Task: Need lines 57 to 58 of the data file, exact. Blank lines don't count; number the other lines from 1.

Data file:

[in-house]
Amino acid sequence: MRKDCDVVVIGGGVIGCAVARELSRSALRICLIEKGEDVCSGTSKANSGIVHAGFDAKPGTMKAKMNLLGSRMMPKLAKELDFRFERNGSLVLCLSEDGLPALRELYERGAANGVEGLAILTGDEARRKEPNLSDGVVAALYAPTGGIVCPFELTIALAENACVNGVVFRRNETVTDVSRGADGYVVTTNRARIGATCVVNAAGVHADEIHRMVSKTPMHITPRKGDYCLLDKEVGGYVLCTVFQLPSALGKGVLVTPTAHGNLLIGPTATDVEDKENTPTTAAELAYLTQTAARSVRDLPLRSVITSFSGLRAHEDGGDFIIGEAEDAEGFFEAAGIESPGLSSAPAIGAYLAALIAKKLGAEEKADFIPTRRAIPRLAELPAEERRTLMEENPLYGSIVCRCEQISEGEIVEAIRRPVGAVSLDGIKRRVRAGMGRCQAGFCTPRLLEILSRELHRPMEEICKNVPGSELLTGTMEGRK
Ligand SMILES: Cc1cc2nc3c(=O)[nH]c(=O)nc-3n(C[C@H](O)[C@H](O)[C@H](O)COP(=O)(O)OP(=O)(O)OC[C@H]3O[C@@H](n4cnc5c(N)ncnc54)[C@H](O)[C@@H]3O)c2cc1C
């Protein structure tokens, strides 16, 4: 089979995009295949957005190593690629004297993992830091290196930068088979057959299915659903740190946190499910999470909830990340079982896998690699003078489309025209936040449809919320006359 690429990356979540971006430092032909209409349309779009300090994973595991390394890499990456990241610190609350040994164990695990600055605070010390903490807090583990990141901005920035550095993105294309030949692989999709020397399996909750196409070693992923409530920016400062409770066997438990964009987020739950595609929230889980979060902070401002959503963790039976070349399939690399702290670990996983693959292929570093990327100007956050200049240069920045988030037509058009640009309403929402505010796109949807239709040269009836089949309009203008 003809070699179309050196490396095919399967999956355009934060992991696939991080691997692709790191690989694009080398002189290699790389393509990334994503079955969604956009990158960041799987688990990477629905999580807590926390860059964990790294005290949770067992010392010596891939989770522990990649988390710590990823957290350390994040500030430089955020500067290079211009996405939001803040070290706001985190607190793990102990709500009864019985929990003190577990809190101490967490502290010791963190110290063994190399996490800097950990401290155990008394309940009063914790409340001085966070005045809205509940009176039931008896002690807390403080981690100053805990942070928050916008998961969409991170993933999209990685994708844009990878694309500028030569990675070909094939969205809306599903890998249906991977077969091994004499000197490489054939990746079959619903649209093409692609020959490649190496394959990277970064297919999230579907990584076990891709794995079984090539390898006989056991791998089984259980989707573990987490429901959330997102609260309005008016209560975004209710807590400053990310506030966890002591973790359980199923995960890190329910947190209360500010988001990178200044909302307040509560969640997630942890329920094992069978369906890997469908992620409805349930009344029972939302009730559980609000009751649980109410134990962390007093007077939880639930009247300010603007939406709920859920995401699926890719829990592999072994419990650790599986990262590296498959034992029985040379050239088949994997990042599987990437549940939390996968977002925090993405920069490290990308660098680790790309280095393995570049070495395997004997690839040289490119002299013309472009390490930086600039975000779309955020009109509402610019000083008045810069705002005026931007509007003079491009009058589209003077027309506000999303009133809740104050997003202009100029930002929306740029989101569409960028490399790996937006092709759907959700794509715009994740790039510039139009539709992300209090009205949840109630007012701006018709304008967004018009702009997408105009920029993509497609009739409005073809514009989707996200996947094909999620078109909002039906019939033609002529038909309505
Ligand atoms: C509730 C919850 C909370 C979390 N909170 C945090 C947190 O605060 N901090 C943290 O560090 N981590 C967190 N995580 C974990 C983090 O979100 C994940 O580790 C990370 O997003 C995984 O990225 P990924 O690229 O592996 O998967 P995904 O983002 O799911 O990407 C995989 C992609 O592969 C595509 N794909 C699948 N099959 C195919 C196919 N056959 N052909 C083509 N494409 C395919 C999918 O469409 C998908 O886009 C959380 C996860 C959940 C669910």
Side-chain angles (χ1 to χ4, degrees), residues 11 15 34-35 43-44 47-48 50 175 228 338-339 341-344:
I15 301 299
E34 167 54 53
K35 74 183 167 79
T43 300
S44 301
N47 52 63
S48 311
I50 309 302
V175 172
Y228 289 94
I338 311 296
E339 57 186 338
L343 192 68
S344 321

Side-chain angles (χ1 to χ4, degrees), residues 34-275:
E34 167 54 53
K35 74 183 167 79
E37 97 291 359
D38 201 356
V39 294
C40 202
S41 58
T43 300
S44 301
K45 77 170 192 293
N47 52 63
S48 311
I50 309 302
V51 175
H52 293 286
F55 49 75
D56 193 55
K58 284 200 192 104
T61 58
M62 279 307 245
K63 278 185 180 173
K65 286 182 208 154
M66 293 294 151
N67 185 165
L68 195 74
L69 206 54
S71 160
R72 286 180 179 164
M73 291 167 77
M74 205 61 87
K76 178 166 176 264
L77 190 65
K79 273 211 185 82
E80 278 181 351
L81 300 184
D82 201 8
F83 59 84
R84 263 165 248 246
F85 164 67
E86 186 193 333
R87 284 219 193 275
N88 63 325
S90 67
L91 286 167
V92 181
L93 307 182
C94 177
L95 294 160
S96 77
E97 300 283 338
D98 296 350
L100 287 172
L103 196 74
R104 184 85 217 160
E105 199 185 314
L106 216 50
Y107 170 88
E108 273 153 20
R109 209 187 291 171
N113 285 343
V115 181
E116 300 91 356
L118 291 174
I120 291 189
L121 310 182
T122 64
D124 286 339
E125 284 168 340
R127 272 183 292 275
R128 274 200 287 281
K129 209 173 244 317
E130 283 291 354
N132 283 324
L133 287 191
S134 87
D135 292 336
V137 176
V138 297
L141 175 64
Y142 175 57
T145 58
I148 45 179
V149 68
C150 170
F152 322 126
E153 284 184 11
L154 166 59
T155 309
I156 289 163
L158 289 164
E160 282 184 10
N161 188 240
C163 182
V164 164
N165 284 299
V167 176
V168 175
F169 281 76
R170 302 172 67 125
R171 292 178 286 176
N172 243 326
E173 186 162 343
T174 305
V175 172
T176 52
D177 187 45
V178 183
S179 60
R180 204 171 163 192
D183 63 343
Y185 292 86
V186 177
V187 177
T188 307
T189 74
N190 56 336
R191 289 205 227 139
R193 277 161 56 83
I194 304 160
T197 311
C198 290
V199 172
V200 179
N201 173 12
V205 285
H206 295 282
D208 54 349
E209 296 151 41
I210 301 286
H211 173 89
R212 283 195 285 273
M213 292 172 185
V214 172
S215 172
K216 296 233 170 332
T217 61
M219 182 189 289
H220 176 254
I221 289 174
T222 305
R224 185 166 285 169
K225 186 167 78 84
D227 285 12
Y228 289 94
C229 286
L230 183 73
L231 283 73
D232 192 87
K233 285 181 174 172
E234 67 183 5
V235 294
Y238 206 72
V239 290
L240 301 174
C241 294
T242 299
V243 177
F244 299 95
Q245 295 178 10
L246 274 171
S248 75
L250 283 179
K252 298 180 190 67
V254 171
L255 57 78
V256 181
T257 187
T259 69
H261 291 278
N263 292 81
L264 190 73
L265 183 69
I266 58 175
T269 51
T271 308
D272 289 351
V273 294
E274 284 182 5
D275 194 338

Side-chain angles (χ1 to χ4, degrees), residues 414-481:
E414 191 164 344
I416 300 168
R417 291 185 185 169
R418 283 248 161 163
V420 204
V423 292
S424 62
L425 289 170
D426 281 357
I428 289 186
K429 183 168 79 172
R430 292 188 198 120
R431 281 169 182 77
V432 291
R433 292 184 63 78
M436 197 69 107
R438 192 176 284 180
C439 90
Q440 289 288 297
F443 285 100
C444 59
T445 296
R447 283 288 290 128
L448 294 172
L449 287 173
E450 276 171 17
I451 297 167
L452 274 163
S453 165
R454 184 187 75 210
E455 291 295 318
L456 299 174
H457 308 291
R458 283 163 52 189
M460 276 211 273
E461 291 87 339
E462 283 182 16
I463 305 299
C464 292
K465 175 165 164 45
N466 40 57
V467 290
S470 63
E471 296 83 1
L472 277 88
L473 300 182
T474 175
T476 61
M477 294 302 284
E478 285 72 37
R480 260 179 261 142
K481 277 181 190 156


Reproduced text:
D82 201 8
F83 59 84